Thursday, July 25, 2013

They Can Plug Themselves In

In our Wednesday evening services, our church is discussing the book, I Am a Church Member. Our pastor asked how we should plug in a new church member to a place of service. There were several answers, but I’ve been giving a lot of thought to the answer, “They can plug themselves in.”

That is most certainly true. There are some people who join a church and whether the existing membership knows how to use them or not, it won’t be long before they’ll be busy doing something. In some cases, they end up doing things the existing church members wouldn’t have thought of. This is the case with the lady who made the observation. Since the time they joined the church, she and her husband have been asked to serve in various ways, (and they have done so willingly) but they ministry they are most known for is one that they were the first to see the need for.

As a church member, I feel that I have a responsibility to “plug myself in.” Whether someone asks me to do something or not, I have a responsibility to God and to my church to find something that needs doing and to do it.

That being said, some people aren’t going to plug themselves in. As I look at the roughly 10% of our church members that I would consider to be leaders, it seems like the one thing that distinguishes them from the other 90% is their ability to plug themselves in. It’s not necessarily a bad thing that 90% won’t plug themselves in. While it might be tempting to say, “we shouldn’t have to tell people what they need to be doing, they should see what needs to be done and do it,” we wouldn’t want someone to show up at church one Sunday and say, “I don’t think the pastor is doing a good job, so I decided I should preach the sermon today.”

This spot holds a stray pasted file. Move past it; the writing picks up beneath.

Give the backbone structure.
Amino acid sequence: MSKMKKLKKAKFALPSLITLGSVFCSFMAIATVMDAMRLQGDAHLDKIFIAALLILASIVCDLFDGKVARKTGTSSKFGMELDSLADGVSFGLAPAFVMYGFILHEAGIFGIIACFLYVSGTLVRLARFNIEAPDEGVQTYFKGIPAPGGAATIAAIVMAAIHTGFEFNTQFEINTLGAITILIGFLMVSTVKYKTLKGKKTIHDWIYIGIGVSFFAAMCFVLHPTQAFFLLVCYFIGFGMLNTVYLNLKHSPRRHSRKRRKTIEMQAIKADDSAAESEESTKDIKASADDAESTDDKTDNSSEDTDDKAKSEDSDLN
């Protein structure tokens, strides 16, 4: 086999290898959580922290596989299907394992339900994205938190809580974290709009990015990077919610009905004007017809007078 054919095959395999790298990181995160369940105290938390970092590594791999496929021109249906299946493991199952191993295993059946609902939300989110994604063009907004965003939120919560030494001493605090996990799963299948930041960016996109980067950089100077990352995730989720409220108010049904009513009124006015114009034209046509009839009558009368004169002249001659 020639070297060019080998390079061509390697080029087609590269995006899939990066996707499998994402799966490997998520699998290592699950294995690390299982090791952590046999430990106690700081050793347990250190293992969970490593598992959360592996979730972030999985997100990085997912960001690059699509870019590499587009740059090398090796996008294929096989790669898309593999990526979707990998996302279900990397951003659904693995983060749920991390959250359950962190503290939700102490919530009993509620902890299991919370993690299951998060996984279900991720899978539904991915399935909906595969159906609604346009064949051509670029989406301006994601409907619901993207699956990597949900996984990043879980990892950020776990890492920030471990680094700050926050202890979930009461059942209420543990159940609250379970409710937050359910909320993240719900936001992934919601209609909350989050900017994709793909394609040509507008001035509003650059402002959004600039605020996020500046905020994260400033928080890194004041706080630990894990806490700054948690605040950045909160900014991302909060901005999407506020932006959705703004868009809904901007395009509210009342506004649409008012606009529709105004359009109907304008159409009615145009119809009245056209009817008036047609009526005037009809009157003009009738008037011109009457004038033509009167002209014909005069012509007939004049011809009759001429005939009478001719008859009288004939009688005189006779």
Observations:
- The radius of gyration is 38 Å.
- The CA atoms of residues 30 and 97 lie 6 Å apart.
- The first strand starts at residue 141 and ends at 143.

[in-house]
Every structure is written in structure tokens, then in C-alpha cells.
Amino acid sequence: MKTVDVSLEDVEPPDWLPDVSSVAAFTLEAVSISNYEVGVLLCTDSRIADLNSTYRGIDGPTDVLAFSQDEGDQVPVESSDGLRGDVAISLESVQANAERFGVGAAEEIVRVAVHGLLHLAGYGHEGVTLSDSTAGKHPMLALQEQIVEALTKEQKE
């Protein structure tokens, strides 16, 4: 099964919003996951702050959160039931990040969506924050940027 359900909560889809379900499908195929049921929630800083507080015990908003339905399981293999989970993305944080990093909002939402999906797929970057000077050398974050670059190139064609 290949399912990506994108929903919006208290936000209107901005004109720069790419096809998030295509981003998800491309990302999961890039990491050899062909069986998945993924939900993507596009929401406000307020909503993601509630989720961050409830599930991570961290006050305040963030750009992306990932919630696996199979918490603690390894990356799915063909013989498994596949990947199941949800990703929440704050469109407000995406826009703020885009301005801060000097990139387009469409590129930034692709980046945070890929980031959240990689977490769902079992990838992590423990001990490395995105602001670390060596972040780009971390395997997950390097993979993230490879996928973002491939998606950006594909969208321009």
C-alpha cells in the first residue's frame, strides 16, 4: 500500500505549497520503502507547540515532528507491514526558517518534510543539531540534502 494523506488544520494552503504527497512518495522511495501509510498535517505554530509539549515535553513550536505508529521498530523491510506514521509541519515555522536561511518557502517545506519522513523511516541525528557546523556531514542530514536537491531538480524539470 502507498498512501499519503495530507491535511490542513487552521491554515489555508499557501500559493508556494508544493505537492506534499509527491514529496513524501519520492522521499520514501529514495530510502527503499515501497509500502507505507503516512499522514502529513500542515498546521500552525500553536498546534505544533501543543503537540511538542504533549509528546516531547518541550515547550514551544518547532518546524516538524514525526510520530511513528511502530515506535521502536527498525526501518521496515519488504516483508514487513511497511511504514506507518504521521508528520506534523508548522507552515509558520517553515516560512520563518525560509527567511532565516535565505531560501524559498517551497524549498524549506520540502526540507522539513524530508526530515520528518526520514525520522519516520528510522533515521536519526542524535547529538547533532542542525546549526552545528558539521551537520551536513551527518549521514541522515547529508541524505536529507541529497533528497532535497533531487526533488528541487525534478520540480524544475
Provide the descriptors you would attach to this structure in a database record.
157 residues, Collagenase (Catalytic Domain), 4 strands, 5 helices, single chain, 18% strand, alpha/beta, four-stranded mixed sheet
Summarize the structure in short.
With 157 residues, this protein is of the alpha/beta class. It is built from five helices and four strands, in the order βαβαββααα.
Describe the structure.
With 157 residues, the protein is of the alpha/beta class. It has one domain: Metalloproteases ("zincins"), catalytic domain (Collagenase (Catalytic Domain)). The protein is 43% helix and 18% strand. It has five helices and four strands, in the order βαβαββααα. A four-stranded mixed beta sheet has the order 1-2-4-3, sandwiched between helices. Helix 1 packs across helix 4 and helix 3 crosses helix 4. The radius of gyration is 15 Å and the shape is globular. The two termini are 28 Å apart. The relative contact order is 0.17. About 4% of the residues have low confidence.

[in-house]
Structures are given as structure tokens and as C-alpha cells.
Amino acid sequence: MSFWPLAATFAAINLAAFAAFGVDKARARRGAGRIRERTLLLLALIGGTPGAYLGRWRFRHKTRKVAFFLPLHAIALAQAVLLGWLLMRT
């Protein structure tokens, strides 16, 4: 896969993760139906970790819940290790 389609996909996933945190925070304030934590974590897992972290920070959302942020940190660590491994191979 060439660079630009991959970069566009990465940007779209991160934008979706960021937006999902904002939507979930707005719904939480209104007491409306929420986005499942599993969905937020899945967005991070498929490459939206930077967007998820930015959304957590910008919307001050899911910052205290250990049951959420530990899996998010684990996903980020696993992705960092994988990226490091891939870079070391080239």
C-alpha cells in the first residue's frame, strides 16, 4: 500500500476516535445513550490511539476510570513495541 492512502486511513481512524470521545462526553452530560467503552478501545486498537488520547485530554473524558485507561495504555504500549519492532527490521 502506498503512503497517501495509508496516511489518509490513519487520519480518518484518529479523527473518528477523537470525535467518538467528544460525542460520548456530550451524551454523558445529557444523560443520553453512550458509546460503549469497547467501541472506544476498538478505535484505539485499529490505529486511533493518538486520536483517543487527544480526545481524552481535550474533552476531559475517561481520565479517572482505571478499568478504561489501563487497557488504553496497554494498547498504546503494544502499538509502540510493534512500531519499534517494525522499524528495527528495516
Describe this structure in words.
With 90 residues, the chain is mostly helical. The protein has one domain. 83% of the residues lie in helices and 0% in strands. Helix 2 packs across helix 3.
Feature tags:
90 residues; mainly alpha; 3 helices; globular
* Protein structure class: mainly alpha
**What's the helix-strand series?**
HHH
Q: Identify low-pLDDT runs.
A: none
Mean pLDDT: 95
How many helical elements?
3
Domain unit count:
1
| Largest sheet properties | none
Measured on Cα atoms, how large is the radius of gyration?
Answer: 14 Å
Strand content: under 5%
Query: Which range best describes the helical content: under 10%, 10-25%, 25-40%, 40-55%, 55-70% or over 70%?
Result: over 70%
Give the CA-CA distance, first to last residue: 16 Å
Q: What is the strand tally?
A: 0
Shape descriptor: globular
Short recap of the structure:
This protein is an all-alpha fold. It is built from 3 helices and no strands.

There has to be a balance. No one knows what a person is capable of better than that person. When asked to plug a person in, leaders will tend to look to use that person to fill a vacancy. Or they will look to place that person in a position that it is assumed that anyone can do. I’ve heard it said that the reason men are absent in churches is because everything they look for something to do, someone suggests they go work in the nursery. I would hate to think a church would ask unqualified people to work in the nursery, but it’s something to think about. If a church member doesn’t want to end up with the default job, they need to demonstrate an ability to do something else.

But leaders can be more intentional about discovering the abilities of other church members. That may come in the form of a spiritual gifts assessment or some other questionnaire, but that shouldn’t be the only means. I have yet to see a spiritual gifts assessment that wouldn’t suggest that a non-Christian person who took the assessment had some spiritual gift. And what do we do with that information once we have it? Suppose it says a person has the gift of giving. Do we just hand a guy an offering plate and say, “you just give and we’ll do the rest?”

At best, I think spiritual gift assessments can give us a hint for things to look for. A person with a gift for teaching may not be suitable for teaching a Sunday school class, and yet we might observe them mentoring younger Christians in a one-one-one setting. And you might not find the person with the gift of evangelism preaching a revival meeting; rather, they might be sharing the gospel with their neighbors. The best way to discover what a person is gifted in is to watch them in action.